Helena: The protagonist of the story who views the situation of the kingdom and her societal position as unfavorable. She represents someone who sees themselves as having more value than how they are treated.  Helena also represents the person who harbors the desire and thirst for change.

Sadine: She is the close friend of Helena who represents a good-natured, hard-worker who wants nothing more than to please her superiors and remain in good standing with them. This desire leads to her inability to see Helena’s frustrations and the kingdom’s real issues.

Aria: The nine-year-old son of Sadine. Aria’s level of understanding and maturity makes him a very close friend and ally of Helena whom he adores.

Queen Delilah Nightfall: Successor of Queen Daisy who desires power and respect but cannot seem to gain or earn it. Queen Delilah represents the person who sees themselves above others and yet lives off of praise and acceptance. She also stands for the person who received their societal position by means other than hard work.

Queen Daisy Dimday: The predecessor of Queen Delilah who achieved her societal status by outward appearances and masks. She is someone who thrives off of attention and will do anything to maintain her masks. As Helena states in the book, “Daisy and Delilah were quite different. However they were very much the same queen.”

The Scholars of Sooryan represent who educators are and should be.

 Scholar Abel Godfrey: Scholar Godfrey represents the person who is always our greatest ally and friend when it comes to truly understanding how we think and feel. He stands for the educator and person that brings out the best that each of us has to offer.

Scholar Aiden Jenson: The assistant of the kingdom’s Royals who represents the person who does their job simply because they have to, love it or hate it—no questions asked.

Scholar Johnny Doane: The witty, flirty Scholar who brings smiles and still knows how to be serious when the time is right.

Scholar Mandela Lani: Scholar Lani represents the very strict educator who loves order and does not like to be challenged.

Scholar Cynthia Baxtor: The motherly figure of the story who is beautiful inside as she is outside.

Scholar Molli Martin: This Scholar represents the person who is fearful of speaking and showing their true opinion and feelings, the one who lets others do the talking for them.

Scholar Gerald Ramsey: Scholar Ramsey represents the person that always has your back. He is also a reminder of how one’s outer shell doesn’t necessarily represent who they are on the inside.

Other Scholars:

Scholar Hinatea Shaw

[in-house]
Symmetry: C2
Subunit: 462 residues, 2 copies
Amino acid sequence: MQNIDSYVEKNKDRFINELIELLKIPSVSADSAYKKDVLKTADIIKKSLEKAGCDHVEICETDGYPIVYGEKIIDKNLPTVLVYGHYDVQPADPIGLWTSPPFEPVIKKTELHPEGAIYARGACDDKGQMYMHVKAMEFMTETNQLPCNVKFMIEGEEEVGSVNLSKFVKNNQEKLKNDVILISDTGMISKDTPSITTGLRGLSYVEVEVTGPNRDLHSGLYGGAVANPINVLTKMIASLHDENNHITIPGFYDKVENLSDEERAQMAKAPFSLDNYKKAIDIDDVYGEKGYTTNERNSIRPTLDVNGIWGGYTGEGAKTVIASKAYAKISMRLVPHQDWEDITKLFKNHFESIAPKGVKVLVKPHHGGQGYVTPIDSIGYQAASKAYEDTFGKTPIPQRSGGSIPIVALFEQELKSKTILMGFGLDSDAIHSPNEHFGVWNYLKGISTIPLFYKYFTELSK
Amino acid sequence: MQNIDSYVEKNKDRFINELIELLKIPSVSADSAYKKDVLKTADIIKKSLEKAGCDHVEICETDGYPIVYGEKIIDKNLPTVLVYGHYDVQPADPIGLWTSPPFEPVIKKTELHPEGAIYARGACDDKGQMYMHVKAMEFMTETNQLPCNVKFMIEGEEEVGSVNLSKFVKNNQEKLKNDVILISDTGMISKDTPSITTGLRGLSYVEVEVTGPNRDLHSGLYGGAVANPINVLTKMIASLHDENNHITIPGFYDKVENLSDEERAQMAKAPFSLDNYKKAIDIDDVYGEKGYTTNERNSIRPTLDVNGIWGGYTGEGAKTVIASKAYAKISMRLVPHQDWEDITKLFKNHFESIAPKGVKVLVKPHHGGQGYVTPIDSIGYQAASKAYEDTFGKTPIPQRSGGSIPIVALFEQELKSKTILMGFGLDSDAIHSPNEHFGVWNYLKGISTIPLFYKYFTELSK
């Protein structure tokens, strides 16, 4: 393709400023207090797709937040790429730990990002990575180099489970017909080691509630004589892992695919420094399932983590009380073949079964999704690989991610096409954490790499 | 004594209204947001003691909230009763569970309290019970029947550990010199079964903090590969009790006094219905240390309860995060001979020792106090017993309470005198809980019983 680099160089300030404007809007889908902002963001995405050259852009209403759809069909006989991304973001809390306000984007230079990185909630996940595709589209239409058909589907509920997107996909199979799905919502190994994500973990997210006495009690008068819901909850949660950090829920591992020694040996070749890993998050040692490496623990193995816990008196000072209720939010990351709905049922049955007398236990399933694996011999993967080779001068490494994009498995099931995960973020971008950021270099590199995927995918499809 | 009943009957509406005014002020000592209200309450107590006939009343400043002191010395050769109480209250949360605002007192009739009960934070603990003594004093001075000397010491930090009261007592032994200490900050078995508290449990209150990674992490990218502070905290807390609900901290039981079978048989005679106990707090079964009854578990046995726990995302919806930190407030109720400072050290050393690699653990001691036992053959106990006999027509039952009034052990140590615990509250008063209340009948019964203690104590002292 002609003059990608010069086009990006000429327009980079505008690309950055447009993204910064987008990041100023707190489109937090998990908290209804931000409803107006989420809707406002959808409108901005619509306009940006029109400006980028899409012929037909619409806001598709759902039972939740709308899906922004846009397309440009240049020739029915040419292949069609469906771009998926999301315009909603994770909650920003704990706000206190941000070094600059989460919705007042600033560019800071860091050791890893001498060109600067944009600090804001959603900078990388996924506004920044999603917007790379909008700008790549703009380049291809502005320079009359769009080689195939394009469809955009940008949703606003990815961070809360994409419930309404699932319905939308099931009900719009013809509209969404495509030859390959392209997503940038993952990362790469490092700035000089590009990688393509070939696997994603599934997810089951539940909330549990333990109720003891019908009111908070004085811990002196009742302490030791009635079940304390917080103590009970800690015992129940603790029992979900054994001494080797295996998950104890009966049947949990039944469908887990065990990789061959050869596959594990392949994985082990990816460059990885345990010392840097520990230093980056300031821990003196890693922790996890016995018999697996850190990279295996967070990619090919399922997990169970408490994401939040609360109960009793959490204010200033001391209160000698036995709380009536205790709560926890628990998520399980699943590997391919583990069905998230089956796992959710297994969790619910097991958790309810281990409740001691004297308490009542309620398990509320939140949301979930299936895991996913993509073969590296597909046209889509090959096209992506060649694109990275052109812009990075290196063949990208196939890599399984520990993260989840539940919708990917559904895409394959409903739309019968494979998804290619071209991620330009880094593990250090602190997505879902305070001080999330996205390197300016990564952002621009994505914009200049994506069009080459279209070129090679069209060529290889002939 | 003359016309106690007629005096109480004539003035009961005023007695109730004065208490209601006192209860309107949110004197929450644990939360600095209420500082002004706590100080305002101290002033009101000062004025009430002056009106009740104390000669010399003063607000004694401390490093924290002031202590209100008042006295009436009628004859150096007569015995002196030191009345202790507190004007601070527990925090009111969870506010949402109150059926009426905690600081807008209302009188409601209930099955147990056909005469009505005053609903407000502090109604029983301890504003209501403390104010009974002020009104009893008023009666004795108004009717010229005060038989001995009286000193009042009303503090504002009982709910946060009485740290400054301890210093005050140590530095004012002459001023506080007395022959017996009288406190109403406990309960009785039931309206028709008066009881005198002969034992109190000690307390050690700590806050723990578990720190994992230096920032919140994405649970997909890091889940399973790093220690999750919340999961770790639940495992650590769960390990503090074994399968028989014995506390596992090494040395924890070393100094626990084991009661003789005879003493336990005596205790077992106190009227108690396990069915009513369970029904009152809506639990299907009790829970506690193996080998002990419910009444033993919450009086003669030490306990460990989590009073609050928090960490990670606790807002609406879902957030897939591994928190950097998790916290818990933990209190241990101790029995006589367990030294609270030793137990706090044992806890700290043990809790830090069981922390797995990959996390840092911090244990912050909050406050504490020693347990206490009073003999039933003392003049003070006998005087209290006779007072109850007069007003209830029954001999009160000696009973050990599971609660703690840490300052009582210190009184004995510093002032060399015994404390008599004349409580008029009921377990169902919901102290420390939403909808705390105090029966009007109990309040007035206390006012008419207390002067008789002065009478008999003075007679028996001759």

Scholar Leana Crossli

Scholar Jameson Radcliffe

Scholar Howie Griffin

Scholar Ken Himora

Scholar Nora Livingstone 

So, that’s about all of Kingdom of the Sun’s characters. I hope that you’ll find some of whom you can relate to or “know.” I absolutely cannot wait to have this book published! You can actually read the synopsis here. When you read the book itself, I’d love to hear your own ideas and analysis of these characters.

Thank you, Sarah, for your awesome question, and I of course welcome them to any of you who have any.

Peace and love,

Ariffa

We’re All The Same And Yet…

atlas-62742_640Hi Everyone,

Throughout my life, I have listened to people who told me stories about someone they know or someone they used to know. And as I listened to these stories, I was reminded that though it may not seem like it, we are all similar in that many of us go through the exact same things. We face the same struggles, the same difficulties, the same happiness, and we meet and deal with people who eerily have similar personalities to someone else. Isn’t it amazing how someone may be describing a a situation or a person, and you find yourself picturing another scenario or individual that you were reminded of, leading you to nod or smile in complete understanding? This is something that I thought about a lot when I created the characters for Kingdom of the Sun. Although each one is different and unique, I enjoyed being able to craft each character so that you (the readers) can understand them. I wanted each character to be personal in that each of you would feel, picture, and relate them to yourself or someone you know or have known. The ability for an author to do this is the key to making readers emotionally and mentally attached to a book. I think I’ve mentioned this before, but I remember finishing some novels and feeling a sense of loss and melancholy that my time spent with the characters was over.

And as similar as we all may be, we are so different in many ways. Now of course this is a good thing because individuality would not exist. Yet, more importantly, if we did not have our differences, then there would be no such thing as acceptance, compassion, mercy, empathy, and more. Instead of tearing us apart, our differences, like our similarities, should bring us together and bring out the best of us.